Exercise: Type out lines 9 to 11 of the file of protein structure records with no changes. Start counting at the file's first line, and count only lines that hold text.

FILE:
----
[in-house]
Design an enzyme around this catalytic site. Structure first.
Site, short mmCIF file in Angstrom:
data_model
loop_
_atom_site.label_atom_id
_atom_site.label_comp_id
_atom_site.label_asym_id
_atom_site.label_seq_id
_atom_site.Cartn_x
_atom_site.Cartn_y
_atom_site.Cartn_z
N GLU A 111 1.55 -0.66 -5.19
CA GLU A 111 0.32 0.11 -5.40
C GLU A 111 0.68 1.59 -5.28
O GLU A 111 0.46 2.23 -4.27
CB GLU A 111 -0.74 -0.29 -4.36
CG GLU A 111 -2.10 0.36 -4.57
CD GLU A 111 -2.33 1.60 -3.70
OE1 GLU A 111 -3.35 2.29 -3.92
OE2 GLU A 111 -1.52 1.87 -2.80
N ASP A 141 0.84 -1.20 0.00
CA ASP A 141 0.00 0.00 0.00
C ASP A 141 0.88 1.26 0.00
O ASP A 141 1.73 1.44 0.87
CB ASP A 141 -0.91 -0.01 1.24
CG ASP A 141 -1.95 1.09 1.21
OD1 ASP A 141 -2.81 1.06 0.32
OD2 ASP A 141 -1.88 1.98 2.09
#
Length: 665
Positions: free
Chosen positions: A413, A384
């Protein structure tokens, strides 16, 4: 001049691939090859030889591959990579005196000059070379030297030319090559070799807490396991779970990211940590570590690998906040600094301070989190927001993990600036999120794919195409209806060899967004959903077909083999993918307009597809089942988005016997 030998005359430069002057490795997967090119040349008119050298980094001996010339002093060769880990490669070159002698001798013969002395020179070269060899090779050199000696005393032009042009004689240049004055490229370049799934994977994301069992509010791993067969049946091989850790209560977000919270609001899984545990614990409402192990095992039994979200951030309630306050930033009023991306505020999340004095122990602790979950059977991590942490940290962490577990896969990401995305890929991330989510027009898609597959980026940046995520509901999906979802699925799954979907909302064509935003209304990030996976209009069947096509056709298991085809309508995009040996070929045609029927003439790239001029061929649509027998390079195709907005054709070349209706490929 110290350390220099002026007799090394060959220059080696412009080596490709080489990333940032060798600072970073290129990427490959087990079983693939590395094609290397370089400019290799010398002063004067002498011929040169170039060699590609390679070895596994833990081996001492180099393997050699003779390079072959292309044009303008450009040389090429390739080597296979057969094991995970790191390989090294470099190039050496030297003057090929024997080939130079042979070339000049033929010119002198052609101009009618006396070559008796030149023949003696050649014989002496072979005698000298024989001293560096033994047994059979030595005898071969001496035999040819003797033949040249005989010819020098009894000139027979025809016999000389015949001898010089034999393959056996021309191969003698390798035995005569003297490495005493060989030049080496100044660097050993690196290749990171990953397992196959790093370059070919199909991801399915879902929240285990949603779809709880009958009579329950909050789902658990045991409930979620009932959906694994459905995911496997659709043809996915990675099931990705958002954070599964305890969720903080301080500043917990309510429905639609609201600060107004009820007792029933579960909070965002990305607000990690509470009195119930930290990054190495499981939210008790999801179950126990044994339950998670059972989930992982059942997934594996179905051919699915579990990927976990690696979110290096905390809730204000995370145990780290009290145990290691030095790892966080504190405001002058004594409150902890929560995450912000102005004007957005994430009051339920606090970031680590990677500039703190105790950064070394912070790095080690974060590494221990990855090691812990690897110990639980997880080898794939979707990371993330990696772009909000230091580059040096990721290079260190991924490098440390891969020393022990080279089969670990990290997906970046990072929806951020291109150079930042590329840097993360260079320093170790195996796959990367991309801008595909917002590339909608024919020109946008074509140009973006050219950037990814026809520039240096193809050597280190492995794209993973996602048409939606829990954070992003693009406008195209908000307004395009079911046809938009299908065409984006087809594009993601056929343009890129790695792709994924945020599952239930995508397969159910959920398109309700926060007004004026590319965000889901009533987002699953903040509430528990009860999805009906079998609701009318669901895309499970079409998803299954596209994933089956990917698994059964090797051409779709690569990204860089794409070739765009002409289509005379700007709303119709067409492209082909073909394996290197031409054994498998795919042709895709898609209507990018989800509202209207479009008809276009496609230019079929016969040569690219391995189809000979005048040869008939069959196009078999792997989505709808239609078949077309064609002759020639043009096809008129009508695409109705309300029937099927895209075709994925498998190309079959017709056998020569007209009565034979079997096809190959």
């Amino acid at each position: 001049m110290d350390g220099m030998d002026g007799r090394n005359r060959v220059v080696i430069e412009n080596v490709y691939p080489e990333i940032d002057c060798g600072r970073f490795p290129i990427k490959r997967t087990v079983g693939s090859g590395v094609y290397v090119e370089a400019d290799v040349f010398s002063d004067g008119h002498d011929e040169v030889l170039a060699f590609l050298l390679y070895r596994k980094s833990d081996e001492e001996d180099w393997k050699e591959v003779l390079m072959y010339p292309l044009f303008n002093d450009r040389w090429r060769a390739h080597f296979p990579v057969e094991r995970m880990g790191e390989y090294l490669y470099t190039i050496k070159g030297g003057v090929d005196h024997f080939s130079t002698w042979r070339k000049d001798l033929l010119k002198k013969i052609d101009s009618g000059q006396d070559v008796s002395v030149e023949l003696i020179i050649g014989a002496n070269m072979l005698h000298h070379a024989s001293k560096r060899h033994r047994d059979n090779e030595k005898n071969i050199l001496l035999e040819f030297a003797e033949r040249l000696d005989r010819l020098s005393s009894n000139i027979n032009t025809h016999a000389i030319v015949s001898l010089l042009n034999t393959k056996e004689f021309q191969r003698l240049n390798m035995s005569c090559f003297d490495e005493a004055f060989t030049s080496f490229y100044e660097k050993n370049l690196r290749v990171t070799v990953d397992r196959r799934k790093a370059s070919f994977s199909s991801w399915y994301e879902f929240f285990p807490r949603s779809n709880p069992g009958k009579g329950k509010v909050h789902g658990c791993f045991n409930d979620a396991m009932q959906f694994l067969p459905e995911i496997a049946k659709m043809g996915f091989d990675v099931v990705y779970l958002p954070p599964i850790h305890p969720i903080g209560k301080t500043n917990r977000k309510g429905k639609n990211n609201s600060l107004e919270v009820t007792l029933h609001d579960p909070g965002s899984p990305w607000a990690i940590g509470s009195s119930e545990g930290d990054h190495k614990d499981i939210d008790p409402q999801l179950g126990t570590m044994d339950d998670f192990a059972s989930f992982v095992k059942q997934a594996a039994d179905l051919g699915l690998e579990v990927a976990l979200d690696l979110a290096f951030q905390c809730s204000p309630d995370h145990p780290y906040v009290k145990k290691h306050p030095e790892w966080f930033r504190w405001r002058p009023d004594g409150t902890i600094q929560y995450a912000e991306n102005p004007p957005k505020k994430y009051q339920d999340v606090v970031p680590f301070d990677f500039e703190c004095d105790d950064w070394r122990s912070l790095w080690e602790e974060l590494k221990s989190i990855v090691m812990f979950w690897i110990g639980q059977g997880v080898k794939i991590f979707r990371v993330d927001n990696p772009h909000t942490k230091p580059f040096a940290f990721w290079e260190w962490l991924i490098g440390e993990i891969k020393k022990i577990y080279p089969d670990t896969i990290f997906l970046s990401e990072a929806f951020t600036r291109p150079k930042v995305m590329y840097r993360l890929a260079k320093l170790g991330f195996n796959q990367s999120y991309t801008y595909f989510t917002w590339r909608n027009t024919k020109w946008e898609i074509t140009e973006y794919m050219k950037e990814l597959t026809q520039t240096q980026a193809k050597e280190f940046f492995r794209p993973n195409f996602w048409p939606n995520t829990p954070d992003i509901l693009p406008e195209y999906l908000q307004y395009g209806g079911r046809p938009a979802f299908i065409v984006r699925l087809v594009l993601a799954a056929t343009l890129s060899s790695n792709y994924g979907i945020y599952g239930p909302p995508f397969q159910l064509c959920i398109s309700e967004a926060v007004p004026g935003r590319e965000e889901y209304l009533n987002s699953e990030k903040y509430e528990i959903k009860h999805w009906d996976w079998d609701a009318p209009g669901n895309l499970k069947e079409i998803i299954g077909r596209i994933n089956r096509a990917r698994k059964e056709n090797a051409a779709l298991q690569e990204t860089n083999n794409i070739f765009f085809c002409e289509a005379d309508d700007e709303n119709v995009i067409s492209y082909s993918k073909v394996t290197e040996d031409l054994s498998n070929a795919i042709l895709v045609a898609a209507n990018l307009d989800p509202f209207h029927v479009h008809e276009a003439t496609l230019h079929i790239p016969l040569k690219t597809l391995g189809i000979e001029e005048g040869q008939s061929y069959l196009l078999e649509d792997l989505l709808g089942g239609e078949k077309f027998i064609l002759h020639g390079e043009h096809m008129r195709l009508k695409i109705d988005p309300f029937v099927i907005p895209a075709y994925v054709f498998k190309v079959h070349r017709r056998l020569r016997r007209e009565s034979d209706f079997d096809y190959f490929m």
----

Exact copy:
_atom_site.label_seq_id
_atom_site.Cartn_x
_atom_site.Cartn_y